Pour a bit of canola oil (vegetable oil) in each part of the big skillet. Add a bit of sesame, too. The let the skillet heat up. Put the onion in one corner of the skillet. Place the zucchini in another. And the mushroom in a third, naturally wherever you placed the oil. Cook up and try not to mix the various items as much as you can. Honestly, I make up exactly what the spices will be each time. I figure onion doesn't need much. Perhaps a little garlic on the mushrooms. Maybe some sesame seeds and soy in with the zucchini. Oh, and a little salt, too. You don't need to go crazy with seasonings.

As things get done, move them out, and move new things in, such as bean sprouts and green onion. I like a little soy again on the bean sprouts. Pepper on the green onion.

Move everything out when done and it's beef time. Again, vegetable oil and sesame oil in the center of the skillet this time. Get it pretty hot so things cook fast. Toss the beef in and pseudo-stirfry. Salt, pepper, and sesame seeds again for me. Cook just enough so that they are a little pink on the inside and remove.

Turn the skillet down to low, but leave it on, and finish preparing the table. Scoop some rice into bowls for each person. I usually leave all the vegetables in their bowls and let people grab whatever they wish. N doesn't really like onion on hers for instance, while I do. However, you may also prepare the bowls for everyone which looks much better. Again, take a bit of each cooked vegie and put a little bit of it on top of the rice in one side. Then move around until you have a nice circle of yummy things. Place some of the beef in the center.

Now, run back over and turn the skillet up again. Cook up a fried egg, preferably runny but know your guests here, and then as they are done, place it right on the middle of the bowl on top of everything.

You are done.

Step Five: Completion.

To reveal the truth, I like bi bim bap because it gives me an excuse to use kochu jang paste, which is a chili bean paste. It's worth finding. If you don't like spicy just put a little. If you do like spicy, put a lot.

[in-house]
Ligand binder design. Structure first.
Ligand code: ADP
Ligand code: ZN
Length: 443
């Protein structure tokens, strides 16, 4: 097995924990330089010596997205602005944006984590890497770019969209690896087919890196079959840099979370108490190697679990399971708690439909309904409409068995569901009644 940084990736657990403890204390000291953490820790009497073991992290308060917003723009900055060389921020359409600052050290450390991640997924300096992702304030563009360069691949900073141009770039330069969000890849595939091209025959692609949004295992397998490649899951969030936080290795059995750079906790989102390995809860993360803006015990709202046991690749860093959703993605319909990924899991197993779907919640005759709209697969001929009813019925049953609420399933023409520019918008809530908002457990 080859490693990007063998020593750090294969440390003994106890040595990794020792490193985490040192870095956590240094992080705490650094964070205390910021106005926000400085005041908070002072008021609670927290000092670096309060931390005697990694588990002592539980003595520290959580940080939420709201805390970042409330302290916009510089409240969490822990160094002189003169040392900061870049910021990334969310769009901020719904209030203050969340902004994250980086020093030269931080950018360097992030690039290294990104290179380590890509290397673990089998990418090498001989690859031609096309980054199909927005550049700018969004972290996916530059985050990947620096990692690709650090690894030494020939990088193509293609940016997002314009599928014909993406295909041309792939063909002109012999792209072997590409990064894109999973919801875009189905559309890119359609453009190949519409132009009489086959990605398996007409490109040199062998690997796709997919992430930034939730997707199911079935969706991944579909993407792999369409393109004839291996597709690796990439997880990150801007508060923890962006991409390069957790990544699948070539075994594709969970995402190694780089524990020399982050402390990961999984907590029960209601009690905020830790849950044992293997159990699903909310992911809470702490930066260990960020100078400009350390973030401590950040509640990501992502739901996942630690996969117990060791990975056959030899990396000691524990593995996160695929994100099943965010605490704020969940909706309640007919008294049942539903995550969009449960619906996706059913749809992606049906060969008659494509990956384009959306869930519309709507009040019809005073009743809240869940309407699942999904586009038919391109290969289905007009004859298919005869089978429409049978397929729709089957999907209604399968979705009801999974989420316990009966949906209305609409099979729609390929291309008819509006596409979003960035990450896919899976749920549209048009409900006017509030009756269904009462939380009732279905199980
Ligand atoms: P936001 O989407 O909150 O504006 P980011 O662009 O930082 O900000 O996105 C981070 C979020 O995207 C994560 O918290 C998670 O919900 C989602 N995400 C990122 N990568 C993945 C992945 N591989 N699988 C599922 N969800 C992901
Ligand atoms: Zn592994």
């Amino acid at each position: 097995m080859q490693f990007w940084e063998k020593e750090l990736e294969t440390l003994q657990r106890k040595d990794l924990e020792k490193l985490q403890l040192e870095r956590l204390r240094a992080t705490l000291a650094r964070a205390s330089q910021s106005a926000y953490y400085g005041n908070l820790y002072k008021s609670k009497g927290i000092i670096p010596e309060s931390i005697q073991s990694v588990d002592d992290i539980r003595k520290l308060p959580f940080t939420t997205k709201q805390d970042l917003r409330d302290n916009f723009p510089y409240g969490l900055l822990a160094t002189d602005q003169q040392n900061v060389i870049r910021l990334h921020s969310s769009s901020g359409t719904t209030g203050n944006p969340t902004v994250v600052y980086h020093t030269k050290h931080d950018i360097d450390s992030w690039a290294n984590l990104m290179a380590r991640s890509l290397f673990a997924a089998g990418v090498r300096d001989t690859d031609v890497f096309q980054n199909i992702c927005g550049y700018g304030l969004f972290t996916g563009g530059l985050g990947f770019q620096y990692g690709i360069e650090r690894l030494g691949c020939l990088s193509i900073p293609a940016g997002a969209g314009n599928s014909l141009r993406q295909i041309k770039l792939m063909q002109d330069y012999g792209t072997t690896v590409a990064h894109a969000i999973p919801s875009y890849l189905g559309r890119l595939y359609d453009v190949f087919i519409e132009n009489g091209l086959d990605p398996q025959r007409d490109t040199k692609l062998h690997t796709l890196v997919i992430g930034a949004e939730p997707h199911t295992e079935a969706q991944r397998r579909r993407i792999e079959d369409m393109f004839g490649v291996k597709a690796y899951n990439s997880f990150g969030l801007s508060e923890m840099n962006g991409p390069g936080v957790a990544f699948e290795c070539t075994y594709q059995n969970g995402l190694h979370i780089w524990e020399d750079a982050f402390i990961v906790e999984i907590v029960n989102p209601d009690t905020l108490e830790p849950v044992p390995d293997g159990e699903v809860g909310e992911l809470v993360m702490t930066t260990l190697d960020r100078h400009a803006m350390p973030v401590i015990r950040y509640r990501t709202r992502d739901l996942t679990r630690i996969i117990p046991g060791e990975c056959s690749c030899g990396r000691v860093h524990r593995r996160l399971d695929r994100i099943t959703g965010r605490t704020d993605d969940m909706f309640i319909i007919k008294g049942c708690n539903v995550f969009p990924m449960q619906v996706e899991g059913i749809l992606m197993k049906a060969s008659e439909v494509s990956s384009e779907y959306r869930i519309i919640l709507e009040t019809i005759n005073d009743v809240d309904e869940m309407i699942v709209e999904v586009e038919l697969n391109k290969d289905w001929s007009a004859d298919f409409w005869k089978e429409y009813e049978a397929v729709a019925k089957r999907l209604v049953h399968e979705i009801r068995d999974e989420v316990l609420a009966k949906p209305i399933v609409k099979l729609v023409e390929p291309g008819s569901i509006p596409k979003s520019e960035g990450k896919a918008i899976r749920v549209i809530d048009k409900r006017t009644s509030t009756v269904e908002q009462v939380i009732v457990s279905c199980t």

Step Six: Stir and Eat

Now that you've done all this work with little piles and circles to impress everyone visually, the most common thing for the guest to do now is stir it all together and eat. You are not required to stir it all into one mess, but you are required to eat it.

And that's my version of bibimbap.

Here are a couple other entries about bi bim bap I found through Google:
A short recipe for the dish
Bi Bim Bap and C.S. Lewis in one post! If he was a girl, I'd be smitten.


moonrat said...

i like dolsot bibimbap, which comes in a hot cast iron pot, so the rice continues to burn on the bottom as you eat. then at the end you have nice burnt rice. yummmm.

there's this ROCKING place on 32nd street and 5th avenue. it's called Kunjip. you have to go there when you go to new york. they give you a HUGE assortment of appetizers at the beginning.

Robin S. said...

Sounds so good! The hot opaste, too.I ove hot food - I put jalapenos on cheese sandwiches.

When are you having us over to dinner?

Ello said...

You know it is so funny, but when I go home to see the folks and we go out for korean food, I just go to 32nd street and walk into the places my friends tell me are good at the time and I just eat. I never remember the names.

Paca - you are hard core! I admit to being a lazy cook and so I go down to the korean market and purchase all the vegetables premade as well as some bulgogi premarinated. Then I go home heat up a big pot, chop up some kimchee, heat my veges in a little sesame oil, throw in my rice and lots of kochuchang sauce and voila = hot bibimbop, premixed for all the guests = and I fry an egg for anyone who wants one. It's like dolsot bibbimbpab but without the burnt rice on the bottom. If I had to make all the vegetabls first, I think I would be eating bibimbap out all the times. That picture looks like a carry out of bibimbop - see I could do that! :o)

Awesome that you did this recipe! You have to tell me if the korean restaurants in Hawaii are really good. Have you ever had chajangmyun? the black noodle dish that is a mix of korean and chinese?

SzélsőFa said...

I'm so glad you're covering recipes as well!
(I often post entries about meals I do...)
I think this is something I make, well, what I do is not exactly Korean, but something similar. I have rice, and sauteéd veggies, sauce.
I cook them separately, like you advise here and eat them all together...
and adding a fried egg on top - why not?

Church Lady said...

I've only eaten Korean food twice (at a fancy restaurant) and loved it both times.
Thanks for the recipes!